(Reuters) – U.S. equity funds saw heavy outflows in the seven days to Aug. 9 amid investor caution ahead of the U.S. inflation data and concerns over credit rating downgrades in the banking sector.
According to Refinitiv Lipper data, investors withdrew about $14.96 billion from U.S. equity funds during the week, their biggest week of net selling since June 21.
Wall Street stocks posted big losses last week, with the S&P 500 and the Nasdaq registering their biggest weekly declines since March as investors took profits after five months of gains.
Also tempering investor appetite, credit rating agency Moody’s downgraded 10 small- to mid-sized U.S. lenders on Monday and placed another six banks on review for potential downgrades.
Investors sold out of U.S. large-, mid-, and multi-cap funds to the tune of $14.95 billion, $543 million and $261 million, respectively, but small-cap funds still drew about $748 million in inflows.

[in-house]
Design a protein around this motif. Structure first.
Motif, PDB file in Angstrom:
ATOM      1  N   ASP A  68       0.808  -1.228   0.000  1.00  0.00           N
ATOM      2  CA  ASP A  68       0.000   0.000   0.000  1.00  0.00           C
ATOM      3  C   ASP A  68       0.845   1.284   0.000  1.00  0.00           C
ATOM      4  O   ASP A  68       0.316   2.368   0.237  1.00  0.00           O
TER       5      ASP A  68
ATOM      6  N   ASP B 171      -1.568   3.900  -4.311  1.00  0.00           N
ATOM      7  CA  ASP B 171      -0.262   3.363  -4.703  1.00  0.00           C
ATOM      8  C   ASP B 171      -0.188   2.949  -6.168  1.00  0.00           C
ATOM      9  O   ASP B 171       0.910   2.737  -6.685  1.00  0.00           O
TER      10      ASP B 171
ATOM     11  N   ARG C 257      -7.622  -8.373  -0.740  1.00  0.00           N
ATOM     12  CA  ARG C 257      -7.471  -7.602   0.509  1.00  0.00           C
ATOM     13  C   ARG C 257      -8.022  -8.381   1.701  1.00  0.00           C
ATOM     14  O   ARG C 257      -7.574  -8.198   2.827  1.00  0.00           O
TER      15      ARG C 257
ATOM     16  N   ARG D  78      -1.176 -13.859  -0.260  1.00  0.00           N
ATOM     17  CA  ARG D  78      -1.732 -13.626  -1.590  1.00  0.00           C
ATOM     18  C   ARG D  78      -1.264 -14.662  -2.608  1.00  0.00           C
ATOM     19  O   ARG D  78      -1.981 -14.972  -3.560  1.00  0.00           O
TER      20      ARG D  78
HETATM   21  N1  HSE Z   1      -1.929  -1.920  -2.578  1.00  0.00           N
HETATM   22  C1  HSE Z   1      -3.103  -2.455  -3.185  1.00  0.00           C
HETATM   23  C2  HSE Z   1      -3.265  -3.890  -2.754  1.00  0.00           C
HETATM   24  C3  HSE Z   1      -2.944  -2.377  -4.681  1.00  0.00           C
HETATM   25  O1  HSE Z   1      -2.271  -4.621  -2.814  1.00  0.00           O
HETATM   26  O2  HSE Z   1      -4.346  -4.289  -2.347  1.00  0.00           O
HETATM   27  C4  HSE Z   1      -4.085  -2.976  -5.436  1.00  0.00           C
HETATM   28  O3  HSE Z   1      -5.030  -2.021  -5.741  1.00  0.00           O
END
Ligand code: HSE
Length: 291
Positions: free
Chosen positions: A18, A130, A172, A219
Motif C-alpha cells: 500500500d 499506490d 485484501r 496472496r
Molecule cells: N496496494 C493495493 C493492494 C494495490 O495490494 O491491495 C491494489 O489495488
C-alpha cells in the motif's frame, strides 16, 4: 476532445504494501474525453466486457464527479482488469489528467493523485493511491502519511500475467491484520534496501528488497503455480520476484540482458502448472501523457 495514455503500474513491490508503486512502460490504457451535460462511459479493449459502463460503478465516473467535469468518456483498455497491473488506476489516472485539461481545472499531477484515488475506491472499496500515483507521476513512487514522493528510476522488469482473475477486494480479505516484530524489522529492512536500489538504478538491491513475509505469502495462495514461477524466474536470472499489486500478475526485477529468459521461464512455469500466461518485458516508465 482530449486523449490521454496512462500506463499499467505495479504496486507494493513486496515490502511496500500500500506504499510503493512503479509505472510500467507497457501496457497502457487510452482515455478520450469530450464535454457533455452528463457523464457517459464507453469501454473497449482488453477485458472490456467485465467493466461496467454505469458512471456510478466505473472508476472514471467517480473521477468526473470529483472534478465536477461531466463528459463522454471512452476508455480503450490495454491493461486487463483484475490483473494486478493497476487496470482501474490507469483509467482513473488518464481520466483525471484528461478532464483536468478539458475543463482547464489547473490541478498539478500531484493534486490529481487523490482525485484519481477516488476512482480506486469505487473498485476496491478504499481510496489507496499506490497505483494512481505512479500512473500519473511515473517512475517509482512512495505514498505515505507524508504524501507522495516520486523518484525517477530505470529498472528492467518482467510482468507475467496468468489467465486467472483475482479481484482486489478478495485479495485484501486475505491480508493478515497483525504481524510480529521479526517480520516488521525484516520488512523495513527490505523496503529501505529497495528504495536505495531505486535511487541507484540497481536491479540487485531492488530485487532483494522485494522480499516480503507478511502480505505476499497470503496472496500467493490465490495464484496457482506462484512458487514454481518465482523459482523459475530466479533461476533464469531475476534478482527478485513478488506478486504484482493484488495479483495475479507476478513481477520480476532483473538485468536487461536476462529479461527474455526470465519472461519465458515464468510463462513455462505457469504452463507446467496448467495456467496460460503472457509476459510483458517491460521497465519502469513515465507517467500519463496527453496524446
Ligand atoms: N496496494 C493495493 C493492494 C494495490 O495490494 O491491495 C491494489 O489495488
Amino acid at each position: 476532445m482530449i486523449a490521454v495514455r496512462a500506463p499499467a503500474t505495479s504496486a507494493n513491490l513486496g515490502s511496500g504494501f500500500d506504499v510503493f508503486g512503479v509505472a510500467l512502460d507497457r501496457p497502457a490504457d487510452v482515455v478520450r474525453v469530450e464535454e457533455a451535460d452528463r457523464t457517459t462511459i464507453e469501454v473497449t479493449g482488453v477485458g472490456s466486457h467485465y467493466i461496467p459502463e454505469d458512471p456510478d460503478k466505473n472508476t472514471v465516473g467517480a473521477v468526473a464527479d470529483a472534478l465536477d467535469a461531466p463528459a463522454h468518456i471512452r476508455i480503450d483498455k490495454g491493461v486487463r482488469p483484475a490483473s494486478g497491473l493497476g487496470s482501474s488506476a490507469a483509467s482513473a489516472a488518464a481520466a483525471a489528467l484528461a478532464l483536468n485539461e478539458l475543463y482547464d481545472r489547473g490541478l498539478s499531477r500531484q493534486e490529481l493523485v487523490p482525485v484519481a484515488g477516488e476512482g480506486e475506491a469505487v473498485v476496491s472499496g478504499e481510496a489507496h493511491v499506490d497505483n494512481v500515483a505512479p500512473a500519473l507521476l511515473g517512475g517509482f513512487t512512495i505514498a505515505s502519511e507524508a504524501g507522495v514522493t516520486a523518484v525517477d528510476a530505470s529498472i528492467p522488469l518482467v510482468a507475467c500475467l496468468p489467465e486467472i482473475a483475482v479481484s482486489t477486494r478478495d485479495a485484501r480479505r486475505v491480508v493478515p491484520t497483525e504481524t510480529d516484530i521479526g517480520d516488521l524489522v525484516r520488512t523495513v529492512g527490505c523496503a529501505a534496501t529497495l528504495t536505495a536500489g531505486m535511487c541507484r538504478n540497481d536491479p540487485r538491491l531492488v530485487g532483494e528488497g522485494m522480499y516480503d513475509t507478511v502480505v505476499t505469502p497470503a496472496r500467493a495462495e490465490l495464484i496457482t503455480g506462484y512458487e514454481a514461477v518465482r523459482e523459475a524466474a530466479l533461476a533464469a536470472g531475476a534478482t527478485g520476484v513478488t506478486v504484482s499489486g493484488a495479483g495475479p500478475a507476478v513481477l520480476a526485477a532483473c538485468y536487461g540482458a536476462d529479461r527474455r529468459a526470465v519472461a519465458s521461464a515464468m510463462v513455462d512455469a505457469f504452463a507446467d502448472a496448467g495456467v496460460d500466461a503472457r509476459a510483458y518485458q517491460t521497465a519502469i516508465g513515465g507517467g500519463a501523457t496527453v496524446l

By sector, materials, financials and tech saw net sales of $891 million, $554 million and $524 million, respectively. Meanwhile, healthcare funds received $1.39 billion, the most in a week since March 2022.
Meanwhile, U.S. money market funds and government bond funds attracted $40.88 billion and $4.48 billion, respectively, as investors hunted for safety.
On a combined net basis, U.S. bond funds received $3.99 billion in inflows, compared with about $938 million of outflow in the previous week.
U.S. general domestic taxable fixed income and short/intermediate investment-grade funds received about $800 million each in inflows. On the other hand, high yield and loan participation funds saw net sales of $565 million and $419 million, respectively.
(Reporting by Gaurav Dogra and Patturaja Murugaboopathyin Bengaluru; Editing by Mark Potter)